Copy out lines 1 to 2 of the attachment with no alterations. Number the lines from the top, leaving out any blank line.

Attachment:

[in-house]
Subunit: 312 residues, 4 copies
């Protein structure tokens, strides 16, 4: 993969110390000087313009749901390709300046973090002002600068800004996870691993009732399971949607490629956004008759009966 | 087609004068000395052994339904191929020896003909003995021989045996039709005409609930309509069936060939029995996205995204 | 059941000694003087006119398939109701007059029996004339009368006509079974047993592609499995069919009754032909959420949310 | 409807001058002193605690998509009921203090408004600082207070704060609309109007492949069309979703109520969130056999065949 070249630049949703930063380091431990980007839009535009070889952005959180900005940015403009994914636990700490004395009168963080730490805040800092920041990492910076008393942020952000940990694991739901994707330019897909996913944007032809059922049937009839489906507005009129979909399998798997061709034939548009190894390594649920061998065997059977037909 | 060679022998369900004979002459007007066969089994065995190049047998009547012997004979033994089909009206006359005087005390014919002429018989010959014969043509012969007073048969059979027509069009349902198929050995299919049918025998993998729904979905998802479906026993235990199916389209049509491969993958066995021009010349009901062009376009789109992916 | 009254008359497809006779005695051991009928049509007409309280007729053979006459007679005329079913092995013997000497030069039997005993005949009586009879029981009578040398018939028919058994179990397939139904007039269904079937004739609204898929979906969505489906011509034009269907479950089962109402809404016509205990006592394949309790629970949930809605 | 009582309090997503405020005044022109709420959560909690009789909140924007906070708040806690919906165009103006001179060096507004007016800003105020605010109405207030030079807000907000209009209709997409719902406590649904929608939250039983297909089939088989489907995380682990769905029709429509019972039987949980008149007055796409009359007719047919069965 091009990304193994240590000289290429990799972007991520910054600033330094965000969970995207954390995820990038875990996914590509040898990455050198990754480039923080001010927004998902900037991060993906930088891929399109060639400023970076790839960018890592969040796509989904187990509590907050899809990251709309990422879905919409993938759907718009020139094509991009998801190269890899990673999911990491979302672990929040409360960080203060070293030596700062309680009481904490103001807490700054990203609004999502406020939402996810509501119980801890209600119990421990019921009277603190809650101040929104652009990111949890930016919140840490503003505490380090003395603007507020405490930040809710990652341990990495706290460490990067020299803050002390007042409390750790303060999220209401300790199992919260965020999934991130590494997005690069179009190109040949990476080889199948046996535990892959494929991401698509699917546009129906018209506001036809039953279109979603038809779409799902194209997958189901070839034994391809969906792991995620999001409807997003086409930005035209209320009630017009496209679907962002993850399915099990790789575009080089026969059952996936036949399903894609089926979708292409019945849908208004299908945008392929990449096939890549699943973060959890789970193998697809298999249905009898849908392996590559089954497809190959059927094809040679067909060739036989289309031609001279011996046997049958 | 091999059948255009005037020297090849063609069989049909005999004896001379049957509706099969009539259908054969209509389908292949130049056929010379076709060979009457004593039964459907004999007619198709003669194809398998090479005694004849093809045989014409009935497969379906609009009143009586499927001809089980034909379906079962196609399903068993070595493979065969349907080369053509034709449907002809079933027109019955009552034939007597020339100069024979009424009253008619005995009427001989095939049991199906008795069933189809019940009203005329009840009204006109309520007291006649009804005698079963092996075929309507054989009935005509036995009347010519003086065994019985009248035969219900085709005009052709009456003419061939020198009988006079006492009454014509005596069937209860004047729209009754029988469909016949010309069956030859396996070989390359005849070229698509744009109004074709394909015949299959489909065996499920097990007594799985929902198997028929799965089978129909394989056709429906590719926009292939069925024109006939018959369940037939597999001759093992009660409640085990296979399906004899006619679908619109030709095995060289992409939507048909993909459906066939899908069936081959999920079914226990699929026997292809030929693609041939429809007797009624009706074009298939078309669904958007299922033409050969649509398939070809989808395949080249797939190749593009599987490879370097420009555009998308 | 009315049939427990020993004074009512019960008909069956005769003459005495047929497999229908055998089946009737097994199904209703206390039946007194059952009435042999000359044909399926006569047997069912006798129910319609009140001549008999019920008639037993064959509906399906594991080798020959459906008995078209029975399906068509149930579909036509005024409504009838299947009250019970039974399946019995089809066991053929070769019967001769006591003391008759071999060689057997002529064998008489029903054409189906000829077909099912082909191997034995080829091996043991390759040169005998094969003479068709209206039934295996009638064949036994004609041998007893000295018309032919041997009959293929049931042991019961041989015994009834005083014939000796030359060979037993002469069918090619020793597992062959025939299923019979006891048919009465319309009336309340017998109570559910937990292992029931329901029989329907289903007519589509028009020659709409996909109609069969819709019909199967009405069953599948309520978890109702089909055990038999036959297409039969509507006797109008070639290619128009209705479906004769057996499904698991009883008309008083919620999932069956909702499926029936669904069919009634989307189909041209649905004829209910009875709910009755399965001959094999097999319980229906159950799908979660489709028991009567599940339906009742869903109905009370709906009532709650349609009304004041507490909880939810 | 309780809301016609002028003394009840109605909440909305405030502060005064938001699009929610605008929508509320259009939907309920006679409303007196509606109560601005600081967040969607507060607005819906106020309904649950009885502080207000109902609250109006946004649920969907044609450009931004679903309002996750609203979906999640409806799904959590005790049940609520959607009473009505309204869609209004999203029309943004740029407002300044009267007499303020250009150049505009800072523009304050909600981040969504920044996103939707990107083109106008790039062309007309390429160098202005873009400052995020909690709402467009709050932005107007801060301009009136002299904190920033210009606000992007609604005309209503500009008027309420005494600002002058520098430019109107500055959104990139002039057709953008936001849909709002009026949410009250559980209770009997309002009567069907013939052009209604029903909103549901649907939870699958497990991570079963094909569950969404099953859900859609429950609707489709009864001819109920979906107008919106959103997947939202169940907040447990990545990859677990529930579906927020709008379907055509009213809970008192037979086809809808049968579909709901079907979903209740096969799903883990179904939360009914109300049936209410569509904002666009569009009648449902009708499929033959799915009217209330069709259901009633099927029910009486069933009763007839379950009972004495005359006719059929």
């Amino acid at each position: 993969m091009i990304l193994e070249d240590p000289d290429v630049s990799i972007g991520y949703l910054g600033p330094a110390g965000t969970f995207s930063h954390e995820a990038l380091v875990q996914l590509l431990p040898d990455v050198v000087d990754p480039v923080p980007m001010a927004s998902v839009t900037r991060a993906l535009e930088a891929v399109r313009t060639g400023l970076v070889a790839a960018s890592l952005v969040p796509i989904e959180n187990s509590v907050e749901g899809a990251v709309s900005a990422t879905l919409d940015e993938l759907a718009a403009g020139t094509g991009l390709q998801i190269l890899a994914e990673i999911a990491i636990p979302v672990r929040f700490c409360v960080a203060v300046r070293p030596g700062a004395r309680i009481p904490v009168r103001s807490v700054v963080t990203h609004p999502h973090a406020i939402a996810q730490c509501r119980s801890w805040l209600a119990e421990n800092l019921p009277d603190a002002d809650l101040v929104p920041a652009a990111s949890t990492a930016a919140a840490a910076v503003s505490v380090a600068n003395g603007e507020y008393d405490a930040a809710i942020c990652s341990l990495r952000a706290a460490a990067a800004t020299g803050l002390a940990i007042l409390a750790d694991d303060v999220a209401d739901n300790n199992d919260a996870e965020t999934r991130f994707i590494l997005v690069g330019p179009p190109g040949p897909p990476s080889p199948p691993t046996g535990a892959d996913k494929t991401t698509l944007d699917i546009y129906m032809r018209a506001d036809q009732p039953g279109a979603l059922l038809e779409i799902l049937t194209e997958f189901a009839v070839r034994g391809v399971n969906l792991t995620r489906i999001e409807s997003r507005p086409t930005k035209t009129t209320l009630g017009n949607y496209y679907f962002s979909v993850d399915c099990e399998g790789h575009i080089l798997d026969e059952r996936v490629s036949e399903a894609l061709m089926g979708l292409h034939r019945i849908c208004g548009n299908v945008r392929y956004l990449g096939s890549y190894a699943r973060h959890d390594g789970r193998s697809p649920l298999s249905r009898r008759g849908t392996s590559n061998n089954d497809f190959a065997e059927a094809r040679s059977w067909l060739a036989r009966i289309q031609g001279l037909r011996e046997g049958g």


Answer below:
[in-house]
Subunit: 312 residues, 4 copies